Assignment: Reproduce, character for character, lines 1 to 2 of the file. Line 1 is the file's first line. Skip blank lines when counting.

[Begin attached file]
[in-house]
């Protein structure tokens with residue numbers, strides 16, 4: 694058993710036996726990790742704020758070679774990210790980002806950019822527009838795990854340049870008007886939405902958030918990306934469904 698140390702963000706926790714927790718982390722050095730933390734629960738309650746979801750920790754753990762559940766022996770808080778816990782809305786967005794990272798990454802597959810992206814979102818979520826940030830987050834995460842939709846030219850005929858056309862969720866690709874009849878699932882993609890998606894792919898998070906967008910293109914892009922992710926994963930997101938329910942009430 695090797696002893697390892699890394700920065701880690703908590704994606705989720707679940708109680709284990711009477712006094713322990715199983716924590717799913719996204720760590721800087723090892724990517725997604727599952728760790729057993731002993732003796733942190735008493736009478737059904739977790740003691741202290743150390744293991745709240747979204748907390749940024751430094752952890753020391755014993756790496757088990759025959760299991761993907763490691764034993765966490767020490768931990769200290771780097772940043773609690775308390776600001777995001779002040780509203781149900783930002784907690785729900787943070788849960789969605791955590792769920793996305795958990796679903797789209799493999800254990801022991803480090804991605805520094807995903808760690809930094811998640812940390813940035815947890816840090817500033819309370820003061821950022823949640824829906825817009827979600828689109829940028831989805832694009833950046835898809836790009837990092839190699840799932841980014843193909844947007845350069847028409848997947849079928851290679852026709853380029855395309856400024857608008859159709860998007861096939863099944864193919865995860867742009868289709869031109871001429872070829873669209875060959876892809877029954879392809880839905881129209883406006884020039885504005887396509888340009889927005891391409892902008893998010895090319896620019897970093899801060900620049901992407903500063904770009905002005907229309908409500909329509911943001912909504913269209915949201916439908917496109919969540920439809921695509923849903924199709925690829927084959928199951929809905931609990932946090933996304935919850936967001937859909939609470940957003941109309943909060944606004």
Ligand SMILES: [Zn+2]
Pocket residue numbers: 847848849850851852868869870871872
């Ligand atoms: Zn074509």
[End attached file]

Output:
[in-house]
């Protein structure tokens with residue numbers, strides 16, 4: 694058993710036996726990790742704020758070679774990210790980002806950019822527009838795990854340049870008007886939405902958030918990306934469904 698140390702963000706926790714927790718982390722050095730933390734629960738309650746979801750920790754753990762559940766022996770808080778816990782809305786967005794990272798990454802597959810992206814979102818979520826940030830987050834995460842939709846030219850005929858056309862969720866690709874009849878699932882993609890998606894792919898998070906967008910293109914892009922992710926994963930997101938329910942009430 695090797696002893697390892699890394700920065701880690703908590704994606705989720707679940708109680709284990711009477712006094713322990715199983716924590717799913719996204720760590721800087723090892724990517725997604727599952728760790729057993731002993732003796733942190735008493736009478737059904739977790740003691741202290743150390744293991745709240747979204748907390749940024751430094752952890753020391755014993756790496757088990759025959760299991761993907763490691764034993765966490767020490768931990769200290771780097772940043773609690775308390776600001777995001779002040780509203781149900783930002784907690785729900787943070788849960789969605791955590792769920793996305795958990796679903797789209799493999800254990801022991803480090804991605805520094807995903808760690809930094811998640812940390813940035815947890816840090817500033819309370820003061821950022823949640824829906825817009827979600828689109829940028831989805832694009833950046835898809836790009837990092839190699840799932841980014843193909844947007845350069847028409848997947849079928851290679852026709853380029855395309856400024857608008859159709860998007861096939863099944864193919865995860867742009868289709869031109871001429872070829873669209875060959876892809877029954879392809880839905881129209883406006884020039885504005887396509888340009889927005891391409892902008893998010895090319896620019897970093899801060900620049901992407903500063904770009905002005907229309908409500909329509911943001912909504913269209915949201916439908917496109919969540920439809921695509923849903924199709925690829927084959928199951929809905931609990932946090933996304935919850936967001937859909939609470940957003941109309943909060944606004």